Edgars said many local fishing lodges are respecting the Haida Nation’s state of emergency, but is frustrated by others who want to open up.

“It’s disrespectful,” he said. “These bigger (lodges) are coming in and just doing whatever they want.”

Leaders and representatives from the Nuu-chah-nulth, Heiltsuk and Haida all say they would like to see more co-operation from the provincial government in working with Indigenous communities.

“It’s really frustrating,” said Marilyn Slett, the chief councillor of the Heiltsuk. “We have a limited amount of time here, we think, before that anticipated second or third wave so right now is the time for us to be sitting down and having those discussions so going forward we’re all working collaboratively together.”

Part of the issue, she says, lies in B.C. politicians encouraging residents to take part in inter-provincial tourism.

“We’re seeing a lot more vessel traffic on the coast, we’re seeing a lot more recreational boaters, and that’s a really high concern for our community,” said Slett.

The closures — many of which began in March — have been felt at a variety of levels.

READ MORE: B.C. reopening travel not sitting well with several First Nations

The pandemic forced the cancellation of the Heiltsuk’s Spawn-on-Kelp fishery this year, an event Slett says employs 700 people and is a hugely important economic driver for the community.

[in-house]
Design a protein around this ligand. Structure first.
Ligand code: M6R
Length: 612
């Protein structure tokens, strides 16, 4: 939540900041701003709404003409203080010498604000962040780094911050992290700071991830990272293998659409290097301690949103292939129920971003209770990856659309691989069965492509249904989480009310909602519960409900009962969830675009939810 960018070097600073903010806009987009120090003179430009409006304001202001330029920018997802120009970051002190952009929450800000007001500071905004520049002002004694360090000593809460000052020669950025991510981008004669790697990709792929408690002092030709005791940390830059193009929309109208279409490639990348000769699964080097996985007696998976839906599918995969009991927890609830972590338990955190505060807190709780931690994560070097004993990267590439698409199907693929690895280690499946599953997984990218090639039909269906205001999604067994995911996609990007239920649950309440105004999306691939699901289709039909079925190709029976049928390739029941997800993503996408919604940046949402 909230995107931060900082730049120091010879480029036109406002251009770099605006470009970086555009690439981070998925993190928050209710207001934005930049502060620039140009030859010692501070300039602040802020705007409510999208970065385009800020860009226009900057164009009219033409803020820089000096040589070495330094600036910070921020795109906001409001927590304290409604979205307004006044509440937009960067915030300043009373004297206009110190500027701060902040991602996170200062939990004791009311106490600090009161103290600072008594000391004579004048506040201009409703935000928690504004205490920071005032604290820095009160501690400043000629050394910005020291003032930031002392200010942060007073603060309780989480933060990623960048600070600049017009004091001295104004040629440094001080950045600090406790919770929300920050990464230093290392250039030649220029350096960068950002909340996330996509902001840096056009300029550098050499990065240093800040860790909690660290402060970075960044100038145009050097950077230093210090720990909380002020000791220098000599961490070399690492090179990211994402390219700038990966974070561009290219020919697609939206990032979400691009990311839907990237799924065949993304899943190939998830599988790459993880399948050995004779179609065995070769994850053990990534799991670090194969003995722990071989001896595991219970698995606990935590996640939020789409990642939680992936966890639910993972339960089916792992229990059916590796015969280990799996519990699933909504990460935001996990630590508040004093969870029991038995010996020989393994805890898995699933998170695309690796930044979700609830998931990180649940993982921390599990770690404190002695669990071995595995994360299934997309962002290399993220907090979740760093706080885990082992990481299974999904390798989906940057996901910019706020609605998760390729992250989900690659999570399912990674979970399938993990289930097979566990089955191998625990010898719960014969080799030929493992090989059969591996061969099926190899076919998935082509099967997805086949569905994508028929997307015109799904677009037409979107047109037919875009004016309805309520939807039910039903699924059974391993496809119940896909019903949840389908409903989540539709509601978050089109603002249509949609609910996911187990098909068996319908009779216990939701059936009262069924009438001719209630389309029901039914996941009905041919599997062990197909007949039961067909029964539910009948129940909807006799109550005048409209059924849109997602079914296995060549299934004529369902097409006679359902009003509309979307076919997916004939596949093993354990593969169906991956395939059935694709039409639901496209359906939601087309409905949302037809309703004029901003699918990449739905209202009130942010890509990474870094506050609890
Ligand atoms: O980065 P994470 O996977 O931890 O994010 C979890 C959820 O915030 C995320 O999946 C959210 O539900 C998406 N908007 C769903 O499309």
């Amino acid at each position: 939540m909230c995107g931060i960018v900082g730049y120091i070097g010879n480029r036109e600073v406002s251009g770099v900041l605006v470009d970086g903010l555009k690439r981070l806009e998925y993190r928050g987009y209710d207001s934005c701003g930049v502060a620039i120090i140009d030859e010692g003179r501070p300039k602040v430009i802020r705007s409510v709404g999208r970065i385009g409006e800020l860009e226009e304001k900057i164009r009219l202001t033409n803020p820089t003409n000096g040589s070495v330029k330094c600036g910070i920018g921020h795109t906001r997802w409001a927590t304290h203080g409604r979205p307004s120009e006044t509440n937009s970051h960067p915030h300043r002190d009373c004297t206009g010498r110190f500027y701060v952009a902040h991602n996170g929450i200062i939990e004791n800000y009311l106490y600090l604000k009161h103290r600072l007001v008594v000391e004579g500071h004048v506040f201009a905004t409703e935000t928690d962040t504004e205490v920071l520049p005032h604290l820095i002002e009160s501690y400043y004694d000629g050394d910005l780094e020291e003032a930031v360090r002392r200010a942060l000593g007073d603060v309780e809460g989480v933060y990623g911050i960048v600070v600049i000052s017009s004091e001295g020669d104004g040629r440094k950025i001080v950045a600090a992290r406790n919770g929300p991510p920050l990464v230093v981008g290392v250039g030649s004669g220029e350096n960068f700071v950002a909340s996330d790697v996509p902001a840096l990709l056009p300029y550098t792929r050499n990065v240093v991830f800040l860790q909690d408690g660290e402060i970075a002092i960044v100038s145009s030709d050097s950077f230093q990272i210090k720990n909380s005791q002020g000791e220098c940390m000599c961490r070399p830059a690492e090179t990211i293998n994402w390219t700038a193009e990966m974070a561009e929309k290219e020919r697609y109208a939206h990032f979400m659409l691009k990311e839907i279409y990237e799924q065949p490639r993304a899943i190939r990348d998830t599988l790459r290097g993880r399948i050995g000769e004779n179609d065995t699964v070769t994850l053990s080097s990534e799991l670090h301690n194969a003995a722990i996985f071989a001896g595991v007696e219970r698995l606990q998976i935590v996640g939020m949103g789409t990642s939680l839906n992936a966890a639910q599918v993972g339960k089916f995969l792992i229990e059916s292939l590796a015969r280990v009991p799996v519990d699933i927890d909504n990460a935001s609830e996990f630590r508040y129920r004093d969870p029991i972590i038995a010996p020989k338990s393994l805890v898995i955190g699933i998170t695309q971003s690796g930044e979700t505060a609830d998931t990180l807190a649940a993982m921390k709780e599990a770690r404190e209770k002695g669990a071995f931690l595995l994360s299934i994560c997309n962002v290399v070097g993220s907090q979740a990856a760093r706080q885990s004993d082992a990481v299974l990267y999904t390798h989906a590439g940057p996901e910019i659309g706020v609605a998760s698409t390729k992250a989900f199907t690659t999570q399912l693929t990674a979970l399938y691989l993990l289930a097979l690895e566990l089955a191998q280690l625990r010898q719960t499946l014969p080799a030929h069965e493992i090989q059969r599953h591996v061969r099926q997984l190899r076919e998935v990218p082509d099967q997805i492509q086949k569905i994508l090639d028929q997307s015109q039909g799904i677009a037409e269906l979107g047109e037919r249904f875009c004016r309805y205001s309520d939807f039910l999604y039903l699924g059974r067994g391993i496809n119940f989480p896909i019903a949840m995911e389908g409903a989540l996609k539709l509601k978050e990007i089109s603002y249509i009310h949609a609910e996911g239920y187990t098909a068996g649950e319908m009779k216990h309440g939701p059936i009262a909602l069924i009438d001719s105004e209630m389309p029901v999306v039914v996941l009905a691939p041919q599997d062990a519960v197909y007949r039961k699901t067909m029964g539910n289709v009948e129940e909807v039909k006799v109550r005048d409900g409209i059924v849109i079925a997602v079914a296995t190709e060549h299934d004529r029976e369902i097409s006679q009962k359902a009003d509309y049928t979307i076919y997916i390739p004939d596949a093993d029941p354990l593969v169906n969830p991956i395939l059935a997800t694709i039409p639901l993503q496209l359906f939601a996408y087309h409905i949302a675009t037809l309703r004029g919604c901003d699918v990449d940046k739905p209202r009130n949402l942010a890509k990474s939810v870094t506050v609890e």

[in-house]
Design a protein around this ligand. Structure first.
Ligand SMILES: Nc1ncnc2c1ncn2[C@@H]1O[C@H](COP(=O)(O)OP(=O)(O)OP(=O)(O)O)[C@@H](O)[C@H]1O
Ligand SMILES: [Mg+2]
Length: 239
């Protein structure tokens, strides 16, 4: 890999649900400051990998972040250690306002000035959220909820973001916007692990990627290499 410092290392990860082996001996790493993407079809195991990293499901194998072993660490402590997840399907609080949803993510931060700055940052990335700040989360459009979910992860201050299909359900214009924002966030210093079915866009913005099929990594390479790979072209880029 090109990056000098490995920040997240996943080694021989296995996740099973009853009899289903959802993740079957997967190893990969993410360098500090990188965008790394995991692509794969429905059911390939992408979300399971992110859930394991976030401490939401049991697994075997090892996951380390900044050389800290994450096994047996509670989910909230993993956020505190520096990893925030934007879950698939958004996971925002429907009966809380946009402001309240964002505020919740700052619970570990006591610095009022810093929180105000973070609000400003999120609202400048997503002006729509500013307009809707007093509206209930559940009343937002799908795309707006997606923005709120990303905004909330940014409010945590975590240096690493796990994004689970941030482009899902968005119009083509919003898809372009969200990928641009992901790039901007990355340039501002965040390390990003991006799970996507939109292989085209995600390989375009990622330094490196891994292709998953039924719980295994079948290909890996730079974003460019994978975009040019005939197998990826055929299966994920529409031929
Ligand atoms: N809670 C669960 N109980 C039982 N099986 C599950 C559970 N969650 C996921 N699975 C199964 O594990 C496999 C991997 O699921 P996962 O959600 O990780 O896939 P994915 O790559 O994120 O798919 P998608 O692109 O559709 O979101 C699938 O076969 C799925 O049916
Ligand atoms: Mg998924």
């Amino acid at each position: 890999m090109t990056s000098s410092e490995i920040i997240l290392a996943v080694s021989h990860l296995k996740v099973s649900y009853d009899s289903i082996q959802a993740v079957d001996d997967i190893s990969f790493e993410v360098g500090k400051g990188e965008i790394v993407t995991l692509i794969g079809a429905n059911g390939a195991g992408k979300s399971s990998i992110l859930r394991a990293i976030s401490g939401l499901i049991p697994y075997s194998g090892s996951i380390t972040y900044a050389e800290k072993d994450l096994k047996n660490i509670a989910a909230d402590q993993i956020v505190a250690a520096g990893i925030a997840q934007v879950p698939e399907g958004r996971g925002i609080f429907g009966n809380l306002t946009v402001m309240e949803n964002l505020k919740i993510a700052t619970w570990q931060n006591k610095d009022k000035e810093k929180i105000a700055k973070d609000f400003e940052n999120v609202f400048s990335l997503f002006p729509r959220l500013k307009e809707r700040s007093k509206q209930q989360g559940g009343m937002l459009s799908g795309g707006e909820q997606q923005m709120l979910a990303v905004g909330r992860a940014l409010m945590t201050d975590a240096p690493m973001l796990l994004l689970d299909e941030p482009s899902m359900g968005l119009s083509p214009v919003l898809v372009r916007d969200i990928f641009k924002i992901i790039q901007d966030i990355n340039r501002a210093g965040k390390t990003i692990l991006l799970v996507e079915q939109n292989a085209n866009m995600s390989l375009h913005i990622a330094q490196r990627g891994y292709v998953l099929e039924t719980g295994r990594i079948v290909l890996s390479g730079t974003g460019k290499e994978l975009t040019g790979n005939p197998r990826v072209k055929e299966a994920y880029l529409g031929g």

“Certainly our community put forward the health and safety before the economic driver,” she said. “So our community has been hit hard.”

Sayers says when the pandemic first broke out and restrictions were placed on communities, First Nations were bringing in food for members so they didn’t have to leave their reserves and face possible exposure at grocery stores.

The Heiltsuk, Nuu-chah-Nulth and the Tsilhqot’in issued a statement in late June, criticizing the provincial government’s reopening plan and what they saw as a lack of dialogue with First Nations groups.

All three want the province to commit to four conditions which would allow border restrictions being lifted: COVID-19 information sharing, screening, rapid testing and culturally-safe contract tracing teams.

Until those are met, Slett says, she can’t see Indigenous communities fully opening their borders.

But the provincial government says it is committed to working with Indigenous communities.

“Many tourist-depending communities are now safely welcoming the gradual return of out-of-town visitors,” said Sarah Plank, a spokeswoman for the Ministry of Indigenous Relations and Reconciliation. “At the same time, we acknowledge some smaller and more remote communities and First Nations continue to be concerned about visitors to their communities.”

The government is also working on scheduling a meeting with the Nuu-chah-nulth, Tsilquot’in, Heiltsuk and Haida Nations and other communities, she added.

Nick Wells, The Canadian Press


Like us on Facebook and follow us on Twitter.

Want to support local journalism during the pandemic? Make a donation here.

CoronavirusIndigenous

Get local stories you won't find anywhere else right to your inbox.
Sign up here

Just Posted